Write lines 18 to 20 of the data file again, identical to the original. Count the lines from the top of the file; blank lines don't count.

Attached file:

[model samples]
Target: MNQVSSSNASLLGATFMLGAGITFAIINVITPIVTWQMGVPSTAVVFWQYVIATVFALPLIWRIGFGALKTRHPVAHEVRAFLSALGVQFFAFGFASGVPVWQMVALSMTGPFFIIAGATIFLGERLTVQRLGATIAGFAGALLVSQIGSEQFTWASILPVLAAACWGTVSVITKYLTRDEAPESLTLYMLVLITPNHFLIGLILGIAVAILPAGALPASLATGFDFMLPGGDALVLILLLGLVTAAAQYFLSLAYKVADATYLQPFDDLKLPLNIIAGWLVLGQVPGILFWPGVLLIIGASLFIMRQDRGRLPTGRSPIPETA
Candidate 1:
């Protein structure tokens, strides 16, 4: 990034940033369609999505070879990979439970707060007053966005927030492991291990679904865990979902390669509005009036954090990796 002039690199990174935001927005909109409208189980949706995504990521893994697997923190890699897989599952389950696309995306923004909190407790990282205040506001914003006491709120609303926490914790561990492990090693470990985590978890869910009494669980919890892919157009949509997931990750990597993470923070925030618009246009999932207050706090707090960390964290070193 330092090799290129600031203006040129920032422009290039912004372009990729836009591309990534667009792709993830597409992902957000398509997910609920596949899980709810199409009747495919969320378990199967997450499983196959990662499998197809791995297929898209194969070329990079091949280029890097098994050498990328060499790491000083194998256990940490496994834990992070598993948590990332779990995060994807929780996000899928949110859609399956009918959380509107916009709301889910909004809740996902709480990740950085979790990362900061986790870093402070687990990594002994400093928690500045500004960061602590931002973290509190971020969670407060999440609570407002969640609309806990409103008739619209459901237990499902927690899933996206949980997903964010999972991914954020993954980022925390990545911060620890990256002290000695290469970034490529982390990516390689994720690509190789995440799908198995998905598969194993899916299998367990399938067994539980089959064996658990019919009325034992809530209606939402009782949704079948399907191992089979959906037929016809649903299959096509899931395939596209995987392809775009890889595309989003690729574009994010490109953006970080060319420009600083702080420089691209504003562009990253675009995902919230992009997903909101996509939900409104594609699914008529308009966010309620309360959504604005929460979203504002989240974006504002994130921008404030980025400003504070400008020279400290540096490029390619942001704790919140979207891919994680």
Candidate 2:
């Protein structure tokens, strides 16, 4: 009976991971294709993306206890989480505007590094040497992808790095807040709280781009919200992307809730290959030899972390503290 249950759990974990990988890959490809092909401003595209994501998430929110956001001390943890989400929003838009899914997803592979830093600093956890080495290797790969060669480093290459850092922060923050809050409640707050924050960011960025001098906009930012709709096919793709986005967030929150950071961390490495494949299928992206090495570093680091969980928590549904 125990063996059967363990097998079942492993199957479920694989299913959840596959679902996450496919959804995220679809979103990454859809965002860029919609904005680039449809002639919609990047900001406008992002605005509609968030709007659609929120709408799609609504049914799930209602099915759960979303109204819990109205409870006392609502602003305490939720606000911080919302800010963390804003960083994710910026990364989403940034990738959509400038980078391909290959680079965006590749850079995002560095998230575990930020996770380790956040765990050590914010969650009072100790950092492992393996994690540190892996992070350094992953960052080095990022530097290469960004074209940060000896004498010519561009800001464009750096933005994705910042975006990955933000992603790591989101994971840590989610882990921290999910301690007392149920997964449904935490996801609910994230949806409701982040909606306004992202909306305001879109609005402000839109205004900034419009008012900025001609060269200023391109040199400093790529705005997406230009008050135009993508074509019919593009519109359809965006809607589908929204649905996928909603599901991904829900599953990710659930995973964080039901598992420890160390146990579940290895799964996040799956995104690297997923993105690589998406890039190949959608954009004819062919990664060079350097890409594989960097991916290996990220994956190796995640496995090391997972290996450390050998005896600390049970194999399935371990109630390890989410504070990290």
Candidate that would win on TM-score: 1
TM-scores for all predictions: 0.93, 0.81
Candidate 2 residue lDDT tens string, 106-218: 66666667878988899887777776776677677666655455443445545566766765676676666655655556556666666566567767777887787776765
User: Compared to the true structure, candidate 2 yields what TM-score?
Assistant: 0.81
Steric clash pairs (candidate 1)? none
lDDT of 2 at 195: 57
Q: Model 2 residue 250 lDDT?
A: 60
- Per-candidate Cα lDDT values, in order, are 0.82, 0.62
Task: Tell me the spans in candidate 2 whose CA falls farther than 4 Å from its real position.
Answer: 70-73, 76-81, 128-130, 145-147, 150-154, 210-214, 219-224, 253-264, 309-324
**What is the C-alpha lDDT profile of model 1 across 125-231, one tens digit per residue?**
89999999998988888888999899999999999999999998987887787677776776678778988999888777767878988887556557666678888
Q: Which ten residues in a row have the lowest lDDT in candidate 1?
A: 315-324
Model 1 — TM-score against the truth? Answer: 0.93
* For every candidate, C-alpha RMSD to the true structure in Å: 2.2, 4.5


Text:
Answer: 70-73, 76-81, 128-130, 145-147, 150-154, 210-214, 219-224, 253-264, 309-324
**What is the C-alpha lDDT profile of model 1 across 125-231, one tens digit per residue?**
89999999998988888888999899999999999999999998987887787677776776678778988999888777767878988887556557666678888